Retailers haul in profits as collectors find serenity contemplating their fish tanks

LIFE DURING THE AGE OF AQUARIUMS

December 16, 1990|By Henry Scarupa

Bet you never knew this about Baltimore: It's always been "a good fish town" -- "a hotbed of fish lovers."

So says Dennis Hare, president of the Aquarium Center in Randallstown, who adds that local retailers often carry a greater variety of fish than dealers in New York and Philadelphia.

And what's more, area aquarium dealers report that sales are growing annually by as much as 30 percent.

Fish-collecting, in short, is making a big splash in Baltimore -- and elsewhere -- these days.

Smithsonian magazine reports that tropical fish have become a leading hobby, with one out of every 11 homes having a fish tank. Americans are spending $1 billion and more on fish, equipment and food every year.

Mr. Hare describes today's buyers as mainly couples in the 20 to 40 age group. School-age children at one time made up a large class of buyers, he says, but seem to have lost interest, perhaps lured away by Nintendo and other trendy TV games.

"Years ago the big attraction was fish as a hobby," he explains. "Owners bred a lot of fish and sold them to pet shops or traded them for other merchandise. You don't see much of the true hobbyist anymore. Nowadays keeping fish is more of a pastime, something to do to relax."

"I spend a lot of time down here," says Eddy Wade, 40, whkeeps a 300-gallon tank with a dozen or more species of fish in the downstairs rec room of his home in Canton. "When I have company and we're watching TV, we wind up looking at the fish more than anything else. It's relaxing."

According to one study, watching fish glide effortlessly through the water in a glass tank is almost mesmerizing and may actually lower blood pressure.

The 1983 fish study was similar to earlier dog studies that showed that people who interacted with their pets experienced a lowering of blood pressure. Alan M. Beck, then an ecologist at the University of Pennsylvania's school of veterinary medicine, carried out the study, which found that people contemplating a fish tank underwent a similar drop in blood pressure and heart rate even without the touching and close interaction that occurs between people and their pooch.

Now director of the Center for Applied Ethology and Human and Animal Interaction at Purdue University in Indiana, Dr. Beck, who trained at the Johns Hopkins University, says watching a fish tank should not be regarded as a cure for hypertension but simply as a good way to unwind.

The Beck study, widely publicized at the time, was credited bsome sources for boosting the sale of home aquariums.

Today, fish tanks appear in numerous waiting rooms of doctors and dentists as well as in the lobbies of nursing homes and hospitals. At Caton Harbor Nursing Center on South Ellwood Street, residents often sit in the bright, sunlit lobby and watch the fish in the aquarium. Center administrator Peter Costantini says residents, many of whom suffer from Alzheimer's disease and cannot communicate verbally, respond to the fish, following them closely with their eyes.

Al Intlekofer of Severna Park formed his Rent-a-Fish business in response to this need, and provides institutions and businesses with aquariums on a lease basis.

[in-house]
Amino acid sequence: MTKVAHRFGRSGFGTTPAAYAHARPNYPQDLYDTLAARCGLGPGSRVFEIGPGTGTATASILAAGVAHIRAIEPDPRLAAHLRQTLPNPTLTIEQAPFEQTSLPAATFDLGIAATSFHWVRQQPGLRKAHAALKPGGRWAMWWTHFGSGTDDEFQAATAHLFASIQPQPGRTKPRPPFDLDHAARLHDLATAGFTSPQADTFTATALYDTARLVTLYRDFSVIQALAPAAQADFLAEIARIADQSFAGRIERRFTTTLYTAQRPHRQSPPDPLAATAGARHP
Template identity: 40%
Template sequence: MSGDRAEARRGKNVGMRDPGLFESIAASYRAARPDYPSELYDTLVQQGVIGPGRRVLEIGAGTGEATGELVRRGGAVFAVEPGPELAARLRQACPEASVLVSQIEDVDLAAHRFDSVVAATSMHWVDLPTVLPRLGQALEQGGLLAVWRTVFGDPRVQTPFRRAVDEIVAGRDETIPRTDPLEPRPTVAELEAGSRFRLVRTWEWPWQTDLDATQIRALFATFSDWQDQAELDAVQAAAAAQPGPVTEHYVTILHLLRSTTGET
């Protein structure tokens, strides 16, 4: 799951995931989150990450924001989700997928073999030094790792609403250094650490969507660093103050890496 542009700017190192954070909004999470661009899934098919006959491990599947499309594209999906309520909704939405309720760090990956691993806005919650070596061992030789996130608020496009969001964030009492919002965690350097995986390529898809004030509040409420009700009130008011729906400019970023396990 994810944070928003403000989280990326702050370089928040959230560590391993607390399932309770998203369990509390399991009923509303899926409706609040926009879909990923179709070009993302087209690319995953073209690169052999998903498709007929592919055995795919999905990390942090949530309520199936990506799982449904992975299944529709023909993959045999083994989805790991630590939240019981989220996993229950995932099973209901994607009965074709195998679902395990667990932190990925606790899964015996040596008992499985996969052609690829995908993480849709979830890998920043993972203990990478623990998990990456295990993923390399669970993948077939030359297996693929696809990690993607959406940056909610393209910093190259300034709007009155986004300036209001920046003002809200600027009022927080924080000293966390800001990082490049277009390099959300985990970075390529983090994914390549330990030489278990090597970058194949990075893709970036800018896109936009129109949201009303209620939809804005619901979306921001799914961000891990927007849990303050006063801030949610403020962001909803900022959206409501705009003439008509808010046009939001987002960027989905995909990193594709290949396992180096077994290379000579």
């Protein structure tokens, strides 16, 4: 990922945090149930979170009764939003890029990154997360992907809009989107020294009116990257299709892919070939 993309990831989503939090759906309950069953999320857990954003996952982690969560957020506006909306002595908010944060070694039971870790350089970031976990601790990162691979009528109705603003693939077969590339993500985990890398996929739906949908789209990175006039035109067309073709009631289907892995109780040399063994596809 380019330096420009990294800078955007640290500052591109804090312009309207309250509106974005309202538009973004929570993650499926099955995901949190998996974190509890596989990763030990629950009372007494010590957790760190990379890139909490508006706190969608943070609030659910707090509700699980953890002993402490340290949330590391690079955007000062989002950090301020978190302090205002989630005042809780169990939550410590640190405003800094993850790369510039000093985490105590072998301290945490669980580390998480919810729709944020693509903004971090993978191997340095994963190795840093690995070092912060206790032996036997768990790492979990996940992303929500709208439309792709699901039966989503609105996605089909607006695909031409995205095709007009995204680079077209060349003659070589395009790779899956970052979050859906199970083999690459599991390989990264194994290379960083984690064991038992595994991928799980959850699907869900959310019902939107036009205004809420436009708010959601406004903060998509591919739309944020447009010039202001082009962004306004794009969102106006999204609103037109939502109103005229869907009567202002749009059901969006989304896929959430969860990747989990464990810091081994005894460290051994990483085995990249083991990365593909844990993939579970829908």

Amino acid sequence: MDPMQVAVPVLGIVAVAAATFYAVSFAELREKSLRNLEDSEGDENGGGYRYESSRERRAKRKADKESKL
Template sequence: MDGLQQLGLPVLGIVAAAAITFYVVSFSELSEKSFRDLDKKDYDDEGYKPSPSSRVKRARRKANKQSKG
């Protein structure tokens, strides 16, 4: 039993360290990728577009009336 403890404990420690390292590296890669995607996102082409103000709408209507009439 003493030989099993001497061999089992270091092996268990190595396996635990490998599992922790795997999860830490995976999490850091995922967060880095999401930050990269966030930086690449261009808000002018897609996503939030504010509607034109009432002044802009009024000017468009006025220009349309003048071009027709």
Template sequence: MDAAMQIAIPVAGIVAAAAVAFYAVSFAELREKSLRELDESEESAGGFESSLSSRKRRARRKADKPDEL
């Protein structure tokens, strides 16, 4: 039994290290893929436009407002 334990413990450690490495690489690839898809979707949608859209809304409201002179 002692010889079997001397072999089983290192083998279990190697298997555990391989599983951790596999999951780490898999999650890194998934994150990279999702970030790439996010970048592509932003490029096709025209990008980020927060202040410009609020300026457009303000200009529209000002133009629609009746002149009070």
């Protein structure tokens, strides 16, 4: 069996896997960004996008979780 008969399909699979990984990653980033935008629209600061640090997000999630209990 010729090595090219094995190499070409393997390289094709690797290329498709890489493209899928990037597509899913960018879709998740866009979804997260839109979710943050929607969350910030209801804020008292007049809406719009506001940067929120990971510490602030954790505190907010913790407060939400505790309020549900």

"You can have a painting by Picasso side by side with an aquarium, and the aquarium will attract more attention," he says. "It's entertaining."

During the last few years, the Aquarium Center has racked up a 30 percent increase in sales annually. Mr. Hare points out his operation is more like a supermarket than the usual neighborhood pet store and also sells wholesale. The store advertises widely and draws customers from Northern Virginia to nearby Pennsylvania.

"When I first got into this business in the late '50s, you saw very little activity on weekdays," he recalls. "If you opened your store at 10 a.m., you didn't see much trade at all with the exception of an occasional housewife. Then at 3 o'clock after school let out you'd see some kids coming in.

"Now we're busy all day long starting at 10 in the morning, with both male and female customers. We're busier, of course, on weekends, but we no longer have any slow days."

Pascale Meraldi, manager of Aquaria West on the Baltimore National Pike in Catonsville, reports similar speedy growth. Established five years ago, the store has already gone through several expansions.

"We started with 1,000 square feet and then took over the store next door, doubling our area to 2,000 square feet," she says. "Last August we moved across the way, doubling our area again to 4,000 square feet."

In explaining the appeal, dealers say an aquarium can be easily fitted into a small apartment or condominium. And unlike a cat or a dog, fish don't mess up the carpet, nor do they require walking at an awkward hour of the night. Start-up costs are low, as little as $15 for a basic goldfish bowl and $50 for a tropical fish aquarium. And the variety of fish available is enormous, costing from 59 cents for an ordinary goldfish to as much as $150 for a purple tang from the Red Sea.

Tom Dandy, manager of Sea Breeze North in Lutherville, believemany people become interested in fish by seeing them at such places as the National Aquarium in Baltimore, the Smithsonian Institution and Disney World. New equipment with high-tech features also has simplified the process of caring for a home aquarium.

A growing concern for ecology and appreciation of nature maalso play a part, according to Mr. Hare.

"It's a good way of having a bit of nature and an ecological system right in your own living room," he says.

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